At Howard Law, P.C., our Riverside County personal bankruptcy attorneys are very interested in the growing call to change how student loans are treated in bankruptcy. Until 2005, only federally backed student loans were exempted from discharge--but under the 2005 changes to the bankruptcy code, all student loans were exempted. As a result, it is now very difficult to get out from under overwhelming student loan debt, because filers must show "undue hardship," as the bankruptcy judge defines it. In Shaffer v. Iowa Student Loan Liquidity, the student loan company unsuccessfully challenged Susan Shaffer's discharge of her loans. Shaffer suffers from depression and several related physical and mental health problems that have substantially limited her career and thus her income, and the Eighth Circuit Bankruptcy Appellate Panel saw no reason to overturn the dischargeability finding.
Shaffer is single, with no dependents. She attended college on and off between 1994 and 2002, when she received a bachelor's degree in psychology, and also attended a community college and a chiropractic school. At the end, she had $204,525 in student loans, with about half owed to Iowa Student Loan Liquidity and the remainder to the federal government and Educational Credit Management Services. Between 2008 and 2011, she had three full-time jobs, plus a period when she was unemployed and making ends meet through retirement funds, personal loans from family and disability benefits. She also took two leaves of absence from one job because of her depression. She filed for Chapter 7 bankruptcy in 2010, then filed a complaint to determine dischargeability of her student loans. After a trial, the bankruptcy court determined that an undue hardship existed, and granted the discharges.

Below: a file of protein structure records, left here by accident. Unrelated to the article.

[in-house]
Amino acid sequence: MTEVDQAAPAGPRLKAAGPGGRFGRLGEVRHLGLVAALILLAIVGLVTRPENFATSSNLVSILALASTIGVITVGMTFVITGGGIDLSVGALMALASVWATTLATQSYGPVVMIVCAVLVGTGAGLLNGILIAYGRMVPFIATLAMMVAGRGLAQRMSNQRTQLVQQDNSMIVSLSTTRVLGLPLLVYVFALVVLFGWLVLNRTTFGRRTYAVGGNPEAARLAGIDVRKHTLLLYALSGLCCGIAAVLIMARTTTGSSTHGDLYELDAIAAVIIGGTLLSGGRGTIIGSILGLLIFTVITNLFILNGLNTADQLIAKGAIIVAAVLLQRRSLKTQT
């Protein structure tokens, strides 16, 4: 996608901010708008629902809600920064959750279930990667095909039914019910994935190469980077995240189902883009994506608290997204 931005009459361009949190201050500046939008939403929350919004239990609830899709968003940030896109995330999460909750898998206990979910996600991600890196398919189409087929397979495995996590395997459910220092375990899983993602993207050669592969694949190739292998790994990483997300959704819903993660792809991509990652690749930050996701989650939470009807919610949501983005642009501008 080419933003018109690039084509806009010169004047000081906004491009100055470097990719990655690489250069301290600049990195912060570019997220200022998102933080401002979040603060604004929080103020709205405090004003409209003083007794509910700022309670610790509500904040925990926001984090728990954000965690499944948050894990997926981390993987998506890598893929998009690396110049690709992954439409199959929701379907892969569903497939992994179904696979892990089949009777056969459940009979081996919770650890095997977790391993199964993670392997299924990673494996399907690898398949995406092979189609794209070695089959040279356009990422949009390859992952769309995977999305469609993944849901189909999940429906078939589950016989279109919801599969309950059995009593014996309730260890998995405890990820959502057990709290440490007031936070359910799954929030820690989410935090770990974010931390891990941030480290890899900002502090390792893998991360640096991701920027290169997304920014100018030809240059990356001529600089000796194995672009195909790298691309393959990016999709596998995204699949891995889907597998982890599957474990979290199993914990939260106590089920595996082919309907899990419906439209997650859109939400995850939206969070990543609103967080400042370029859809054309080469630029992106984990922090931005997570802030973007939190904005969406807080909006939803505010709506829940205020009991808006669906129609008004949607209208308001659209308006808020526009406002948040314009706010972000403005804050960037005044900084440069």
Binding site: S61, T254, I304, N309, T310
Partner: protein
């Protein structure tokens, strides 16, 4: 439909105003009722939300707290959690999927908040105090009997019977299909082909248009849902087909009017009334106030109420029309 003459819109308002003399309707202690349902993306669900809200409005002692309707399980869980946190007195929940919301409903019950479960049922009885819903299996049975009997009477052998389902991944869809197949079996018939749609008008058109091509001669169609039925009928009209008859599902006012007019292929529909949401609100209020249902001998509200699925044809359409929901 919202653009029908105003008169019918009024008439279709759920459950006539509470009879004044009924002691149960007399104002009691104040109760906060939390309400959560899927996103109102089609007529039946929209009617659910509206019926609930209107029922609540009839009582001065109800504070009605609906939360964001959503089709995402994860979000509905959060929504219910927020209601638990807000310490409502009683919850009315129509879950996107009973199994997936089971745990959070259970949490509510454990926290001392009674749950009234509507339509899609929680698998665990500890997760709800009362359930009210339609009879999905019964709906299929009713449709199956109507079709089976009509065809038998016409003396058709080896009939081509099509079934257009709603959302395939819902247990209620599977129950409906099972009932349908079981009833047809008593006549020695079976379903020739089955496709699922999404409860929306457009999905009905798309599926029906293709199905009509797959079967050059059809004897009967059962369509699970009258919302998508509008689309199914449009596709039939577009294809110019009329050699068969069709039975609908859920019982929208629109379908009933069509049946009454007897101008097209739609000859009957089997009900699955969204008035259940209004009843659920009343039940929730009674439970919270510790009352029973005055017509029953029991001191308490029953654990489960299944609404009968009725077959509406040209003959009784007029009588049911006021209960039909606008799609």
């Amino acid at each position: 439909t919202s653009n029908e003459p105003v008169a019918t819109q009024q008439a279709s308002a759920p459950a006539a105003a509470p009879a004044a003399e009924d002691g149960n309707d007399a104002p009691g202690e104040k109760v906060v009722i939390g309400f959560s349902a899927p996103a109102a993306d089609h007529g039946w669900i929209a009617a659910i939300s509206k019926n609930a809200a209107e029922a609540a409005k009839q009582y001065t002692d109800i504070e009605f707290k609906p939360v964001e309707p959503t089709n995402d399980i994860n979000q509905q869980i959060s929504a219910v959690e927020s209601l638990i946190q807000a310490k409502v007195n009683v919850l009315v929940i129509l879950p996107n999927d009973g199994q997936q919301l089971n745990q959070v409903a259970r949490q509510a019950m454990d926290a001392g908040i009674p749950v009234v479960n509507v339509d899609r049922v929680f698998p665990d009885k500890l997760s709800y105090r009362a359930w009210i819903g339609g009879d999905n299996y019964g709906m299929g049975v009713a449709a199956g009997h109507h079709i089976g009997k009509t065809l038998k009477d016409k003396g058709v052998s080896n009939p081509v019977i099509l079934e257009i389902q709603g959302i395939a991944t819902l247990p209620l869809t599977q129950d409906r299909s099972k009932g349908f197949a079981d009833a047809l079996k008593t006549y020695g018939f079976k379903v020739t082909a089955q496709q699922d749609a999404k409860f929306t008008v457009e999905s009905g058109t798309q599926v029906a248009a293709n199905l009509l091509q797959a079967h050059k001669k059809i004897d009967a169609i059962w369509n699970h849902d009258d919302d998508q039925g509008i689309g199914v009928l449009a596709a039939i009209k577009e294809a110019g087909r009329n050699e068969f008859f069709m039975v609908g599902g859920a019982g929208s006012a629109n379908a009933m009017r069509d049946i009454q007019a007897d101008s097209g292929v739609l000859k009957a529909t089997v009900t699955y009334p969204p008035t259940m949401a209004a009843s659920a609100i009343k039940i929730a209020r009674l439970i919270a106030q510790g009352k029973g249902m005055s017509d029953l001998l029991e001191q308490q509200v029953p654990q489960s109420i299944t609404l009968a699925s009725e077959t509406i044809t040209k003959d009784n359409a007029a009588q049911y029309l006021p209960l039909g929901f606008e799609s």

Iowa Student Loan appealed, arguing first that Shaffer "admitted" she could make payments of $350 to $400 a month in testimony. In addition to deferring to the bankruptcy court, the BAP said even a casual reading of the transcript showed her lack of confidence. The company also argued that because Shaffer had in the past spent more than the court deemed reasonable, she could make her loan payments. The BAP again disagreed, saying that even if Shaffer had lived beyond her means in the past, that isn't evidence that she should continue to live beyond them to make student loan payments. The company also claimed that Shaffer's income limits are self-imposed because she dropped out of chiropractic school when she realized she couldn't pay her loans. The BAP found no reason to assume she would have ultimately been a chiropractor with enough income to pay, and again deferred to the bankruptcy court as fact-finder. Finally, the panel disagreed that expert testimony was required to prove the effects of Shaffer's mental health problems on her employment, noting that caselaw expressly contradicts this.
Vincent Howard and our Orange consumer bankruptcy lawyers are pleased to see a dischargeability finding on the difficult issue of student loans. A college degree is an important tool for getting ahead in life, but the cost of education has outpaced inflation, and the economy is tough for recent graduates. As a result, many people are now wrestling with the kind of overwhelming debt that might be discharged if it were another kind of unsecured debt, such as credit card bills. And because the 2005 changes to the law lock debtors into their loans regardless of affordability, bankruptcy isn't as much help to such people as it once was. Vincent Howard and our San Bernardino individual bankruptcy attorneys would be delighted to see a change in the law, but we also help debtors seek discharge or work with their other finances to get relief.
If you're stuck with so much debt that you don't believe you can ever pay it back, and you're ready to consider bankruptcy, don't wait to call Vincent Howard and the team at Howard Law, P.C. For a consultation, you can reach us through our website or call toll-free at 1-800-872-5925.